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Latest & greatest articles for pneumonia
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Epidemiology and Long-term Clinical and Biologic Risk Factors for Pneumonia in Community-Dwelling Older Americans: Analysis of Three Cohorts 23744106 2013 09 06 2014 01 07 2016 12 03 1931-3543 144 3 2013 Sep Chest Chest Epidemiology and long-term clinical and biologic risk factors for pneumonia in community-dwelling older Americans: analysis of three cohorts. 1008-17 10.1378/chest.12-2818 Preventing pneumonia requires better understanding of incidence, mortality, and long-term clinical (...) and biologic risk factors, particularly in younger individuals. This was a cohort study in three population-based cohorts of community-dwelling individuals. A derivation cohort (n = 16,260) was used to determine incidence and survival and develop a risk prediction model. The prediction model was validated in two cohorts (n = 8,495). The primary outcome was 10-year risk of pneumonia hospitalization. The crude and age-adjusted incidences of pneumonia were 6.71 and 9.43 cases/1,000 person-years (10-year risk
Diagnosing pneumonia in patients with acute cough: clinical judgment compared to chest radiography 23349450 2013 10 01 2014 05 22 2016 11 25 1399-3003 42 4 2013 Oct The European respiratory journal Eur. Respir. J. Diagnosing pneumonia in patients with acute cough: clinical judgment compared to chest radiography. 1076-82 10.1183/09031936.00111012 Pneumonia is often diagnosed and treated empirically. We set out to determine the diagnostic accuracy of clinical judgment based on signs and symptoms (...) to detect radiographic pneumonia in patients presenting with acute cough in primary care. In 2810 European patients with acute cough, general practitioners (GPs) recorded whether they considered pneumonia to be present ("yes" or "no") immediately after history and physical examination. Chest radiography was performed within 1 week by local radiologists blind to other patient characteristics. 140 patients had radiographic pneumonia (5%), of whom 41 (29%) had been diagnosed as such. 31 (1%) patients had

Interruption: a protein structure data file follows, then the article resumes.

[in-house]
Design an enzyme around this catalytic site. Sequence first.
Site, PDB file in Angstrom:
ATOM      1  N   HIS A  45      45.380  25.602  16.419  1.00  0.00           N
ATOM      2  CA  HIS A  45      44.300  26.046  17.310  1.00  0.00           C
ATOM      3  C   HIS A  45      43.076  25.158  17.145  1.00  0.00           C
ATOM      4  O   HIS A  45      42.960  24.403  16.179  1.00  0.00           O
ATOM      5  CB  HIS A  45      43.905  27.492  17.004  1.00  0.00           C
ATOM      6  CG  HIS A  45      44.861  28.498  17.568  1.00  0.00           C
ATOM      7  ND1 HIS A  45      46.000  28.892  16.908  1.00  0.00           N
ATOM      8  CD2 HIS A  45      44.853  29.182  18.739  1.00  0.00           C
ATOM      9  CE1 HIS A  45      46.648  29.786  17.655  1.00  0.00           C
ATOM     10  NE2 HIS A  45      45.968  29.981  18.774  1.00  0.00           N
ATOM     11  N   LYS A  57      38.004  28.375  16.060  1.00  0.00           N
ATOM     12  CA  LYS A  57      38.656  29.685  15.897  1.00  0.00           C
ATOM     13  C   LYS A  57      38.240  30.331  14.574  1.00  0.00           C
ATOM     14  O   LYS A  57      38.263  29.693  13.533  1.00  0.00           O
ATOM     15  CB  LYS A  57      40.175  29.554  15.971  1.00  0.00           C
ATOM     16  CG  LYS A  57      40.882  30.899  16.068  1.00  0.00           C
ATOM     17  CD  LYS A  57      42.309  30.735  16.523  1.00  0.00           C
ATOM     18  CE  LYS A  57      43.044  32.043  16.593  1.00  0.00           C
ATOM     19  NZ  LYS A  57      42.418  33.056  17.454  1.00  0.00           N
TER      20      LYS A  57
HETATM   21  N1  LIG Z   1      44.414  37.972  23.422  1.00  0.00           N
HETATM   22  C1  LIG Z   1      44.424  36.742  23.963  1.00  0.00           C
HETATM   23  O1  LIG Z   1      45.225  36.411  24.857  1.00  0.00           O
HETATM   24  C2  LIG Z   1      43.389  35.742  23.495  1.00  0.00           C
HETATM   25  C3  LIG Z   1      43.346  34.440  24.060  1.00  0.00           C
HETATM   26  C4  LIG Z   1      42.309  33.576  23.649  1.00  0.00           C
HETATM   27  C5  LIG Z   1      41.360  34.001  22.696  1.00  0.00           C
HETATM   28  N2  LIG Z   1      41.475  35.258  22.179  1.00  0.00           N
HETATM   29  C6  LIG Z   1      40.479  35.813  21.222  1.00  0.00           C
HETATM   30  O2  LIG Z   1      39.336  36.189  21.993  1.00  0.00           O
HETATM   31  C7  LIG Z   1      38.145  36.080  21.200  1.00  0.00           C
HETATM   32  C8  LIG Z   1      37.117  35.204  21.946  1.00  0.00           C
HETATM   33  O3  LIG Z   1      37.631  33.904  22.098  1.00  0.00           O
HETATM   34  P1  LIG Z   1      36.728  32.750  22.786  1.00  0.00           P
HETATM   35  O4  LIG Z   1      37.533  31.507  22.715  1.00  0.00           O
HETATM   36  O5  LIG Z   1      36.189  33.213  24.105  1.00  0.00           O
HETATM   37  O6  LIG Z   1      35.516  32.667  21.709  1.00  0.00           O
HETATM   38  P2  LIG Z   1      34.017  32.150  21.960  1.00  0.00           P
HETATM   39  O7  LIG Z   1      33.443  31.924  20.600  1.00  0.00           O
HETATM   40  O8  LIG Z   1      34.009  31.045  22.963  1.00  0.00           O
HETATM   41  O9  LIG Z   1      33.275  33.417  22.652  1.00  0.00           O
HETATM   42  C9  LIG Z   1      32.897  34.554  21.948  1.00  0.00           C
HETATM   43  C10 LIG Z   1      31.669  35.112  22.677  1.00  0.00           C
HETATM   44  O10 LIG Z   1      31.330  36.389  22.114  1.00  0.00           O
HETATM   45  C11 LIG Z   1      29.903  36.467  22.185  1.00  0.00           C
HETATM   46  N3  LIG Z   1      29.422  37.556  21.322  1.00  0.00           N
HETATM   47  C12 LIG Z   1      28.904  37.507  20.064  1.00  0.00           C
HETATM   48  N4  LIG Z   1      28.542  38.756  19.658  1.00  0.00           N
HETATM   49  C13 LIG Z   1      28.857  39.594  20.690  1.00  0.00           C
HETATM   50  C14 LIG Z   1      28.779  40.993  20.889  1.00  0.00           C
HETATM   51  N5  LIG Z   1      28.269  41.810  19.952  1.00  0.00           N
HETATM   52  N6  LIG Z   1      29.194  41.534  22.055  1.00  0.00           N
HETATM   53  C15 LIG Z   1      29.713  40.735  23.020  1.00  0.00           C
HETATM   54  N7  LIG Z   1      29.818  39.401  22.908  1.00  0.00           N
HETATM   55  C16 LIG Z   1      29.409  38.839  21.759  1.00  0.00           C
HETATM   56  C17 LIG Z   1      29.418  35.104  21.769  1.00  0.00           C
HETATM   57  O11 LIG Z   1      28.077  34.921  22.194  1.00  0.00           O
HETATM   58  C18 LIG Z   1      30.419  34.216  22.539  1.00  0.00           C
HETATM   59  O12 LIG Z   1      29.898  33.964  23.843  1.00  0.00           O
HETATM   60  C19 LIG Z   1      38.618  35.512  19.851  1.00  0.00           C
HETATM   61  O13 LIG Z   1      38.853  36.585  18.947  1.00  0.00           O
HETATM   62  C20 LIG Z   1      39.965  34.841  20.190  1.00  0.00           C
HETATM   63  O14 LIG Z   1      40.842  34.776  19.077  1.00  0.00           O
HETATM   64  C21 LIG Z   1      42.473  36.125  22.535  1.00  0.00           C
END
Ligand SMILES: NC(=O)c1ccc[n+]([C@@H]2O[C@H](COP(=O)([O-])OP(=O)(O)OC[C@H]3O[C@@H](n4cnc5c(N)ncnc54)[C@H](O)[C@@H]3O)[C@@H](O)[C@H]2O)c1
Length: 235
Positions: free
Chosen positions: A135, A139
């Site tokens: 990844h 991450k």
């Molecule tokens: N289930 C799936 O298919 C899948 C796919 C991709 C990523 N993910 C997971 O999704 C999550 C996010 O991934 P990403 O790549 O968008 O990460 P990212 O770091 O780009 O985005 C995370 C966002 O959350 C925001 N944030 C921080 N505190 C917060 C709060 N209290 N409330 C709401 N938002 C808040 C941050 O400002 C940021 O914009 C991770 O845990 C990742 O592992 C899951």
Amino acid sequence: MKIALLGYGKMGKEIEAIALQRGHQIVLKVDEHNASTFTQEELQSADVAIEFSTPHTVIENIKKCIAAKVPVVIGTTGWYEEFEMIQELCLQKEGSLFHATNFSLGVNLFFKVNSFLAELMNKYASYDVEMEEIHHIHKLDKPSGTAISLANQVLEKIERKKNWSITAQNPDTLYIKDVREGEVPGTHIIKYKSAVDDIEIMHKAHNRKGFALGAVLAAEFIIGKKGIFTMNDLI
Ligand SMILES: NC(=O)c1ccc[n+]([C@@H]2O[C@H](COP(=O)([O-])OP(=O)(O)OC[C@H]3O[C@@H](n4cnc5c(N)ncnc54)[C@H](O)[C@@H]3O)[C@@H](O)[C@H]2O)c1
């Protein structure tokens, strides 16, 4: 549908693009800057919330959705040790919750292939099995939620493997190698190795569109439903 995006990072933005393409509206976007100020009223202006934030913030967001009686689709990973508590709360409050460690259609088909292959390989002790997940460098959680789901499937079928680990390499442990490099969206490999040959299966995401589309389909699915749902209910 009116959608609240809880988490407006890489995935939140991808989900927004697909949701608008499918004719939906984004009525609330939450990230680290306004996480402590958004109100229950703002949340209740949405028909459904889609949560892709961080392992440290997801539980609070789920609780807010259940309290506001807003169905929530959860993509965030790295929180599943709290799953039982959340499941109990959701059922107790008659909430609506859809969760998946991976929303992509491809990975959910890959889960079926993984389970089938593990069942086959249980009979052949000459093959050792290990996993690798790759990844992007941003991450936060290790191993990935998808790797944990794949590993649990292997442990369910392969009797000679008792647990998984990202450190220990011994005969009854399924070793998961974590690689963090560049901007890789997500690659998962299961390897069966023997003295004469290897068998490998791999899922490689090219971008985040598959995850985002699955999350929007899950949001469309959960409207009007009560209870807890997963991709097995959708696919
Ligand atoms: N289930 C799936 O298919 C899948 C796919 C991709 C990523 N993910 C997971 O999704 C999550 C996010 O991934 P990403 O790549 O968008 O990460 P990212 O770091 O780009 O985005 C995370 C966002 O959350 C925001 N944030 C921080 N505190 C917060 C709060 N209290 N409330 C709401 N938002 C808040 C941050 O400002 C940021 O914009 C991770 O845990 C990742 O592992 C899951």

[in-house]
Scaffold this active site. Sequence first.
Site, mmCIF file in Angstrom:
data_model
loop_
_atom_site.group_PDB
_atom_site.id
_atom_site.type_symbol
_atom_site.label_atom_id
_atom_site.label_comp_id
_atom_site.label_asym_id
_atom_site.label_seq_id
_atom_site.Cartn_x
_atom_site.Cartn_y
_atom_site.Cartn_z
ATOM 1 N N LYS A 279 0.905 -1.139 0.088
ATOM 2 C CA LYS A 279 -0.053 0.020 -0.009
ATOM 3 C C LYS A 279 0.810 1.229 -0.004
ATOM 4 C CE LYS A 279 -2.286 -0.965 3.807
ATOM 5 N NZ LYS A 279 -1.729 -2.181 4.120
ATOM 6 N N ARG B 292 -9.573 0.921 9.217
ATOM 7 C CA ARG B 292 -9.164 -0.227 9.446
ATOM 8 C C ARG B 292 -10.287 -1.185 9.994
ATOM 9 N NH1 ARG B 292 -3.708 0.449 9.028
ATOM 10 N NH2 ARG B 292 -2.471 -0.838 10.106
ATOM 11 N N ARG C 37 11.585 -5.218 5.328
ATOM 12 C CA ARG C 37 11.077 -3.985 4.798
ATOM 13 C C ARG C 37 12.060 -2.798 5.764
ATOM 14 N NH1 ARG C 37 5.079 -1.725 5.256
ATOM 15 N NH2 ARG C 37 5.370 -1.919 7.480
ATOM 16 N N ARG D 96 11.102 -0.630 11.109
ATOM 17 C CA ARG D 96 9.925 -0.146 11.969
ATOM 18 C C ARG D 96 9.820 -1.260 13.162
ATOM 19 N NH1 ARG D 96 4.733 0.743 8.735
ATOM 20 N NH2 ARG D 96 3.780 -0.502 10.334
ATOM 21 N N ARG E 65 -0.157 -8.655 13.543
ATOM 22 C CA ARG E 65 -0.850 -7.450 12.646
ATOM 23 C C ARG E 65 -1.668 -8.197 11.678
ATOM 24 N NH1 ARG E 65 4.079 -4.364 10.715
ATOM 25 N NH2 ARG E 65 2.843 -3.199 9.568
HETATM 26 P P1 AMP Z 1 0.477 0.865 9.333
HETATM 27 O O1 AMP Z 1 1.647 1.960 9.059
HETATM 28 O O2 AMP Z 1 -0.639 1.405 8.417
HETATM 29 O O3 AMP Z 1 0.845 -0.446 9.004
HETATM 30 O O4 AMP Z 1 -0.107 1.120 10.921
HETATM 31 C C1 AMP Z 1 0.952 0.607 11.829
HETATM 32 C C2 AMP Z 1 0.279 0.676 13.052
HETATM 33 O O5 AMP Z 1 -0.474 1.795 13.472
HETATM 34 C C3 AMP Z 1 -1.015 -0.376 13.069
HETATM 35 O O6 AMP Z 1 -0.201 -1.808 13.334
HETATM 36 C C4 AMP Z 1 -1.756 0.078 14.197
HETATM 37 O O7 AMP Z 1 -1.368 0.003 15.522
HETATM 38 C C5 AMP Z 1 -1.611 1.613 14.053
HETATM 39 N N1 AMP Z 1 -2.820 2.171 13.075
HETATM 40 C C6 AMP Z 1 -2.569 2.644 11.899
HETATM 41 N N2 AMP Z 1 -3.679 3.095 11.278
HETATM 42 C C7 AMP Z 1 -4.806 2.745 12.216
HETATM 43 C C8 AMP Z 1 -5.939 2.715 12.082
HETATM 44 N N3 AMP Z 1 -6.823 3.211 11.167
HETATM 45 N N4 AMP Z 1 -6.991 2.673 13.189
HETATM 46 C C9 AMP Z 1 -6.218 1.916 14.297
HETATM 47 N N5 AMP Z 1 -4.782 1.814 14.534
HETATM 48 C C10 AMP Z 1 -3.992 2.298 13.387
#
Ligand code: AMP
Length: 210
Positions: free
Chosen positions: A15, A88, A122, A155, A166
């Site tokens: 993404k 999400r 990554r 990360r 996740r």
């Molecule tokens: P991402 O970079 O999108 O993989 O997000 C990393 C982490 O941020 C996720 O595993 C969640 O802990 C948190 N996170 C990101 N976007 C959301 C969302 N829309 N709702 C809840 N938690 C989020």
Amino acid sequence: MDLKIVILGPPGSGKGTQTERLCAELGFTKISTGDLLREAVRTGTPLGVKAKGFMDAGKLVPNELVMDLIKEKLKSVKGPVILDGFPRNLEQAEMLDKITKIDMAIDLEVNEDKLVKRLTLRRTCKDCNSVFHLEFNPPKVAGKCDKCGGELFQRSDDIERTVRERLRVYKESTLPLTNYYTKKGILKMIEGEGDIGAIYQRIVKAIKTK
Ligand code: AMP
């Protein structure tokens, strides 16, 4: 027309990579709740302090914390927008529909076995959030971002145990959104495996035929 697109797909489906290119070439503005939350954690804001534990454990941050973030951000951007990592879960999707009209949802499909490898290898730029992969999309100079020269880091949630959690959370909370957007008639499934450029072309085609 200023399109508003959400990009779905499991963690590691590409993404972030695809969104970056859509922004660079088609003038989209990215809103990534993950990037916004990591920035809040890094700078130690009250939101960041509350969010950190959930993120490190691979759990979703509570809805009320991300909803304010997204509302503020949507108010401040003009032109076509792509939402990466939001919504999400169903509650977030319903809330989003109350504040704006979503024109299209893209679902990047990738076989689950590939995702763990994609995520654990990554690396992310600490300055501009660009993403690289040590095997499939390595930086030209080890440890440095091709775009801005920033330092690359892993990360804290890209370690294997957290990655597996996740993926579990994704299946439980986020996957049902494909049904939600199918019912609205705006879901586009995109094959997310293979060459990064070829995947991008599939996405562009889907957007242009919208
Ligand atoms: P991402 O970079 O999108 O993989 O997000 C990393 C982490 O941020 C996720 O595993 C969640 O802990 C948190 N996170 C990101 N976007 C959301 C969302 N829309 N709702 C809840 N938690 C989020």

Effect of Statin Therapy on Mortality in Patients With Ventilator-Associated Pneumonia: A Randomized Clinical Trial. IMPORTANCE: Observational studies have reported that statin use may be associated with improved outcomes of various infections. Ventilator-associated pneumonia (VAP) is the most common infection in the intensive care unit (ICU) and is associated with substantial mortality. OBJECTIVE: To determine whether statin therapy can decrease day-28 mortality in patients with VAP. DESIGN